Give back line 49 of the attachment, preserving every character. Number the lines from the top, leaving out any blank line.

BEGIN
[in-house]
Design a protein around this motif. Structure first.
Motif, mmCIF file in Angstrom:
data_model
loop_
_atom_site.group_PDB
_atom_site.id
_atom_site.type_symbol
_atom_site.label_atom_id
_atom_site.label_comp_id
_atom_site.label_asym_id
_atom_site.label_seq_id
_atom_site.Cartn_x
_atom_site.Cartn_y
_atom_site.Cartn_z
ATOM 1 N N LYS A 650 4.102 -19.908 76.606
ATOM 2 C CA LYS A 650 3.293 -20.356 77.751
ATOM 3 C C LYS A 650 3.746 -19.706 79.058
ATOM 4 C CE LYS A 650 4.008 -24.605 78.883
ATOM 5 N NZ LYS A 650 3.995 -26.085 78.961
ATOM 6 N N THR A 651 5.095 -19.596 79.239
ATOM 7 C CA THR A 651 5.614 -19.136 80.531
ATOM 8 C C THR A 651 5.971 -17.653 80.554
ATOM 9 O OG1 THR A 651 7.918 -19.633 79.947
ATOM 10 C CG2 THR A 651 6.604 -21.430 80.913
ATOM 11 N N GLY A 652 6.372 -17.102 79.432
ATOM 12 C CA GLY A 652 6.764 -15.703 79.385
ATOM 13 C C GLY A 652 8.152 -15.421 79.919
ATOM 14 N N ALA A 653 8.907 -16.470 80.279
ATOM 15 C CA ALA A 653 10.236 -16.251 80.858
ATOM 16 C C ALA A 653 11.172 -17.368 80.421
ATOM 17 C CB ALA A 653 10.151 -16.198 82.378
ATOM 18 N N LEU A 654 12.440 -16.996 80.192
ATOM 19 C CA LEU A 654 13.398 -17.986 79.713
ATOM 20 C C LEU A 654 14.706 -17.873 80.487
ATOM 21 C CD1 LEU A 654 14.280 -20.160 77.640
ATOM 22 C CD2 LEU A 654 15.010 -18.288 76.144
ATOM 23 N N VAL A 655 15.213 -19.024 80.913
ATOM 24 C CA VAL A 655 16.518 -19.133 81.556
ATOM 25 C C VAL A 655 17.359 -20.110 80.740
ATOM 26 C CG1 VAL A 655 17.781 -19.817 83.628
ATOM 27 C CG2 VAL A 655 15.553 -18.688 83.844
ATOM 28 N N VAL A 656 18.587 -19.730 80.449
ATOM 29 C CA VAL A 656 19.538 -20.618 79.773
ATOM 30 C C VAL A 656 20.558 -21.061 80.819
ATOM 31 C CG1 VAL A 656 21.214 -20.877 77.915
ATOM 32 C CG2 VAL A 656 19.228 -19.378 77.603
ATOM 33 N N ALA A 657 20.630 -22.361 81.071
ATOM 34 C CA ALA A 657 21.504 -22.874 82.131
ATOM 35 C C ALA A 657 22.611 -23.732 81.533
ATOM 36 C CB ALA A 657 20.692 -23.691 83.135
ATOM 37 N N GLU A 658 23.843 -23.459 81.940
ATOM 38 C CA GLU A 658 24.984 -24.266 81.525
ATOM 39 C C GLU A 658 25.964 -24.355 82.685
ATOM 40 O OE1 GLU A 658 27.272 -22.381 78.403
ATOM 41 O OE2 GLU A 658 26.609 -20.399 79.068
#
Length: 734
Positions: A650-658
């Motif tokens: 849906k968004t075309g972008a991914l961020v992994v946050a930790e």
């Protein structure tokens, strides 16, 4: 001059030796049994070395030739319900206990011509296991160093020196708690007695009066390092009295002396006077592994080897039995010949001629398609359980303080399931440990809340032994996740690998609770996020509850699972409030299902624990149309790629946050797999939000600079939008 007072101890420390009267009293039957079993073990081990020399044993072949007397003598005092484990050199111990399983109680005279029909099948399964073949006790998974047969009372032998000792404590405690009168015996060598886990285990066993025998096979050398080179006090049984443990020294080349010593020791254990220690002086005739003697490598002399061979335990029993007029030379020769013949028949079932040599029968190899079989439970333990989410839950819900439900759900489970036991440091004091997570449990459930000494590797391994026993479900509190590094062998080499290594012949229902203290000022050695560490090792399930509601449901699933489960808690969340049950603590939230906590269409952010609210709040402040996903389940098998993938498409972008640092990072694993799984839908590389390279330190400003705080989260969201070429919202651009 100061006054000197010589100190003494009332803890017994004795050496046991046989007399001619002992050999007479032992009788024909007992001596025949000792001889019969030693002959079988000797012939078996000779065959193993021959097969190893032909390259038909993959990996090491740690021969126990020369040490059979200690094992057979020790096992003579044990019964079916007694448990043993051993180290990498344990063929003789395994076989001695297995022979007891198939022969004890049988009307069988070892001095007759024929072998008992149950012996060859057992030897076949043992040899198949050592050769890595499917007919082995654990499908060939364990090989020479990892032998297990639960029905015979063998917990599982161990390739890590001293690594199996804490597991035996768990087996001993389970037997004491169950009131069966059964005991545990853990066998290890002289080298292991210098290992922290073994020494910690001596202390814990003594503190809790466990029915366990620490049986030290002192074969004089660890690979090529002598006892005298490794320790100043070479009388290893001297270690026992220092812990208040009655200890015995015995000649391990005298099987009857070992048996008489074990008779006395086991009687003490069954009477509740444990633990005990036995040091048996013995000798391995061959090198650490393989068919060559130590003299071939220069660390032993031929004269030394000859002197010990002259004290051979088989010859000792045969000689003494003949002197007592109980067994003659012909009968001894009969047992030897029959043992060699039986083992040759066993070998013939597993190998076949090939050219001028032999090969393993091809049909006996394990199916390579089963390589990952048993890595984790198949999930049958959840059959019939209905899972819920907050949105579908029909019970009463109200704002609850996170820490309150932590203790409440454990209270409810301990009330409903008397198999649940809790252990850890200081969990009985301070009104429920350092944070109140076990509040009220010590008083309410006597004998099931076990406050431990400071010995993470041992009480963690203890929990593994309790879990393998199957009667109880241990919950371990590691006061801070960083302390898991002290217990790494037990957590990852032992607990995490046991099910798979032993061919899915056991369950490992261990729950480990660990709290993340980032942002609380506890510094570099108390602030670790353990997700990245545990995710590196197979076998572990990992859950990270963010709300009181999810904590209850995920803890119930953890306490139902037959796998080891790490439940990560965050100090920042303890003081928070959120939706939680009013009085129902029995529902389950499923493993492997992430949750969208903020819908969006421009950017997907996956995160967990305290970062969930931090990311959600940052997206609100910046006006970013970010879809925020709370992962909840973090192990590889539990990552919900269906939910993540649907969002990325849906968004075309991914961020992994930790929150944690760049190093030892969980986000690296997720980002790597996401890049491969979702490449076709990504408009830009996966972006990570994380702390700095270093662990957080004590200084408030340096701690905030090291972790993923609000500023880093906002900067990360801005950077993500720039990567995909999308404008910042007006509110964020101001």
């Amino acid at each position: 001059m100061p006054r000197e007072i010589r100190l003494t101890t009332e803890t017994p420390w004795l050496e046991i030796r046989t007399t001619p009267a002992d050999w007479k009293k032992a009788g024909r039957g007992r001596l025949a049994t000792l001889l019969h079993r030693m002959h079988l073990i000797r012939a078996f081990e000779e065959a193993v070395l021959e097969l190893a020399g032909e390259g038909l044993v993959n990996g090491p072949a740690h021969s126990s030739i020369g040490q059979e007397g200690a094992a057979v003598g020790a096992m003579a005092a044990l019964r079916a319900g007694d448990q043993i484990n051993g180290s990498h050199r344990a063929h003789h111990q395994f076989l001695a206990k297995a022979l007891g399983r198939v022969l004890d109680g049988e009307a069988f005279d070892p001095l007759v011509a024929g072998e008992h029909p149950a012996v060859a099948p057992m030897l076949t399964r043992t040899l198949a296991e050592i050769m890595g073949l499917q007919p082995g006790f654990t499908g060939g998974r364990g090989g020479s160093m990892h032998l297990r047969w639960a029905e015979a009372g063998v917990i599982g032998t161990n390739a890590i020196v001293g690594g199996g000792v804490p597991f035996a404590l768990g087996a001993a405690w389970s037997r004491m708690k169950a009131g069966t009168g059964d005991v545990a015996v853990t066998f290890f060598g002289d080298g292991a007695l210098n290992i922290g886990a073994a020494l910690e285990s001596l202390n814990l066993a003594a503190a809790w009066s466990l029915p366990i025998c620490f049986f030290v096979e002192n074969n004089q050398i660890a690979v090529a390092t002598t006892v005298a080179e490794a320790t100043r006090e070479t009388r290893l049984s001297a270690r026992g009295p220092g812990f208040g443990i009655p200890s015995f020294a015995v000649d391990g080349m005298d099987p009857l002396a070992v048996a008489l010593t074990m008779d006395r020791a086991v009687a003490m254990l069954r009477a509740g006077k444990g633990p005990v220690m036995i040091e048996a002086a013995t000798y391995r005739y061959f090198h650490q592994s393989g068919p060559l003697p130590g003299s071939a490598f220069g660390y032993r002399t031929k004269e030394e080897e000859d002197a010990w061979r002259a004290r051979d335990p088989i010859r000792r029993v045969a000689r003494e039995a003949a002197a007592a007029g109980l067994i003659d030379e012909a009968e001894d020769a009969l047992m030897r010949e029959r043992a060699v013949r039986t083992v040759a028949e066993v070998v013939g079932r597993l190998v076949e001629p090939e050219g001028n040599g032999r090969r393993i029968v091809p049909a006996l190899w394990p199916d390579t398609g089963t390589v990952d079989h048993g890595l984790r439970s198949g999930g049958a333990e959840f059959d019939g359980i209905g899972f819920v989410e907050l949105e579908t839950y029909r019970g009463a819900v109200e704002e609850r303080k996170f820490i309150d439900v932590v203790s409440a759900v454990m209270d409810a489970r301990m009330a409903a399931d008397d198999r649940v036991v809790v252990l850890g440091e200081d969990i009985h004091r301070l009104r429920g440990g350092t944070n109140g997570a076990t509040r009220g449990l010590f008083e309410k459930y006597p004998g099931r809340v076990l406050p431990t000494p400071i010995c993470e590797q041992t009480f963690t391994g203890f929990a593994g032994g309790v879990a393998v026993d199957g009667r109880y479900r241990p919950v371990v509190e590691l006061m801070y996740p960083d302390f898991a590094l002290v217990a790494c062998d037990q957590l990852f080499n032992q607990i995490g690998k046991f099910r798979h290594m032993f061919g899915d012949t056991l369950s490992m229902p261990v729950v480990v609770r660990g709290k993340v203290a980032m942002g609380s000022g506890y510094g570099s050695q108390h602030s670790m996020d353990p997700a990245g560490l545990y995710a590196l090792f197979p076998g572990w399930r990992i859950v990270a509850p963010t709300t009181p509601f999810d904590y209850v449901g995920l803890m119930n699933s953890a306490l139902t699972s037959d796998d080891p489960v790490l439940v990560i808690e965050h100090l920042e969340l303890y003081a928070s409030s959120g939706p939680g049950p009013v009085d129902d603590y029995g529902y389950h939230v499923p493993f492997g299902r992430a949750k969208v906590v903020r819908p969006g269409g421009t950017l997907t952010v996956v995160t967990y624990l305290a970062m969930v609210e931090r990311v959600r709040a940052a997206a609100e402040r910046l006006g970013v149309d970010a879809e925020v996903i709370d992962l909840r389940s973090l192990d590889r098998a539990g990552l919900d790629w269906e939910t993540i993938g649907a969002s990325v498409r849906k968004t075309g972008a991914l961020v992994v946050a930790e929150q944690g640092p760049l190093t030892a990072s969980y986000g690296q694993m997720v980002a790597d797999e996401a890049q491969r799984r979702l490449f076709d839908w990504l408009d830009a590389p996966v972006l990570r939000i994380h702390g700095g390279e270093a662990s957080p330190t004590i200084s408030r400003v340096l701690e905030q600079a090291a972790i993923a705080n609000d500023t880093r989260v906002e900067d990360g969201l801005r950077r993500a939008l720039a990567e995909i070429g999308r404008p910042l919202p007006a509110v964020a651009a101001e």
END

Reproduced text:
ATOM 34 C CA ALA A 657 21.504 -22.874 82.131